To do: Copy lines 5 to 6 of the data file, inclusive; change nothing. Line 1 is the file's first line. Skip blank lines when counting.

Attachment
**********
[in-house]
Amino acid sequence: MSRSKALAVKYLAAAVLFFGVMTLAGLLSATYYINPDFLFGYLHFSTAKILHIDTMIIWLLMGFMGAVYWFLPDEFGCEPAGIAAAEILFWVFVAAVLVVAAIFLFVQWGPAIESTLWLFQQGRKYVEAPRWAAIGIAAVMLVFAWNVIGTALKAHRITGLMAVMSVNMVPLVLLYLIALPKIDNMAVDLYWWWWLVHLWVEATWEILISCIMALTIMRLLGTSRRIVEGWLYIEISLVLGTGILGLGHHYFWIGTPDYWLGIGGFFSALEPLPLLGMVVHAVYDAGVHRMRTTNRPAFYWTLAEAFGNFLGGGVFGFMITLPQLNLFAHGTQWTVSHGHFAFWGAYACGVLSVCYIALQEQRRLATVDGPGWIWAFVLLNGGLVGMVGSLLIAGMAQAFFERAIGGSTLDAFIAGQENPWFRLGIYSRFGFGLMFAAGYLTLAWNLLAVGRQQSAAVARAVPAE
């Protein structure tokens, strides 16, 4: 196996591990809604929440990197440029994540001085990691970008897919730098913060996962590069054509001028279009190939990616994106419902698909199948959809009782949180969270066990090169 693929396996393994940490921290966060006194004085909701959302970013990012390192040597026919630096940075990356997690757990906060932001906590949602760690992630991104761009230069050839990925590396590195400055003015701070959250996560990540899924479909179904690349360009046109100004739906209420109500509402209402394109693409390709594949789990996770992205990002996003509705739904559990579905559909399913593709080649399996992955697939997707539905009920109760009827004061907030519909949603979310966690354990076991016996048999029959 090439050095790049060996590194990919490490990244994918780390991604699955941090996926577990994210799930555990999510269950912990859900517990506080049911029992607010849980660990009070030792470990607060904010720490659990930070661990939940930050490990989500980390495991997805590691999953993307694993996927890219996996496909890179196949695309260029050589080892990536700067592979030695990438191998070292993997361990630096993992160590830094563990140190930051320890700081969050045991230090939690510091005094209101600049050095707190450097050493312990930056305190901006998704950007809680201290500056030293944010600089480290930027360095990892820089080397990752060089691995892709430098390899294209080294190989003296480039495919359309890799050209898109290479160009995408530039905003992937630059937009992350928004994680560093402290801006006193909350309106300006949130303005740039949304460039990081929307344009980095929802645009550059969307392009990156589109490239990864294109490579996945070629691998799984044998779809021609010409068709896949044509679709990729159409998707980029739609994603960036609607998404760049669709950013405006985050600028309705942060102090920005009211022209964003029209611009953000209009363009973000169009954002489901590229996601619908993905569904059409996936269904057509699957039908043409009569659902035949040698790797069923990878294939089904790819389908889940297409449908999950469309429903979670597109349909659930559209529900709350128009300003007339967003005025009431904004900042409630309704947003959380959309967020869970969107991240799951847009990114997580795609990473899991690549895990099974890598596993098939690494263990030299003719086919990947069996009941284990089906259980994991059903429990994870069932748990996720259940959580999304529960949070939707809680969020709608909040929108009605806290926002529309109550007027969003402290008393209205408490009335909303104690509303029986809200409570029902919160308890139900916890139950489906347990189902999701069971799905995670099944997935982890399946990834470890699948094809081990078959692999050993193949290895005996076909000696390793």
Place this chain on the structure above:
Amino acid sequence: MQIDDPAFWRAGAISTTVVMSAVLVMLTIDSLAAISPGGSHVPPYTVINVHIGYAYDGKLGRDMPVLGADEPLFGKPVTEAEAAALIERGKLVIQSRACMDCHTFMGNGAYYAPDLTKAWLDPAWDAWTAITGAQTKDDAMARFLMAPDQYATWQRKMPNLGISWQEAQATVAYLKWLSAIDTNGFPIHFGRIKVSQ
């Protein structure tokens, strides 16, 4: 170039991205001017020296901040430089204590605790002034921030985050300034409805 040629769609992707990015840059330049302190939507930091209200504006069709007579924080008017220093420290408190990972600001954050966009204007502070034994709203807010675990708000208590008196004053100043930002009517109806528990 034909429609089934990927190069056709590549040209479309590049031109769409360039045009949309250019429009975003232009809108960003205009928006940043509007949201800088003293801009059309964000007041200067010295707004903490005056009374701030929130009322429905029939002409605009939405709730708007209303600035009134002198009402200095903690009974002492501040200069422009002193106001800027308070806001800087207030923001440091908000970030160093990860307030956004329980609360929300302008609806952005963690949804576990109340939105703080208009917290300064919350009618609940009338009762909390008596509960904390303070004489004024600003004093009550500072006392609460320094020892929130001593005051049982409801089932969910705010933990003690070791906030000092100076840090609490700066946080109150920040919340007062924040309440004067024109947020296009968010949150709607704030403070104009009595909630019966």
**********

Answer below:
Amino acid sequence: MQIDDPAFWRAGAISTTVVMSAVLVMLTIDSLAAISPGGSHVPPYTVINVHIGYAYDGKLGRDMPVLGADEPLFGKPVTEAEAAALIERGKLVIQSRACMDCHTFMGNGAYYAPDLTKAWLDPAWDAWTAITGAQTKDDAMARFLMAPDQYATWQRKMPNLGISWQEAQATVAYLKWLSAIDTNGFPIHFGRIKVSQ
């Protein structure tokens, strides 16, 4: 170039991205001017020296901040430089204590605790002034921030985050300034409805 040629769609992707990015840059330049302190939507930091209200504006069709007579924080008017220093420290408190990972600001954050966009204007502070034994709203807010675990708000208590008196004053100043930002009517109806528990 034909429609089934990927190069056709590549040209479309590049031109769409360039045009949309250019429009975003232009809108960003205009928006940043509007949201800088003293801009059309964000007041200067010295707004903490005056009374701030929130009322429905029939002409605009939405709730708007209303600035009134002198009402200095903690009974002492501040200069422009002193106001800027308070806001800087207030923001440091908000970030160093990860307030956004329980609360929300302008609806952005963690949804576990109340939105703080208009917290300064919350009618609940009338009762909390008596509960904390303070004489004024600003004093009550500072006392609460320094020892929130001593005051049982409801089932969910705010933990003690070791906030000092100076840090609490700066946080109150920040919340007062924040309440004067024109947020296009968010949150709607704030403070104009009595909630019966």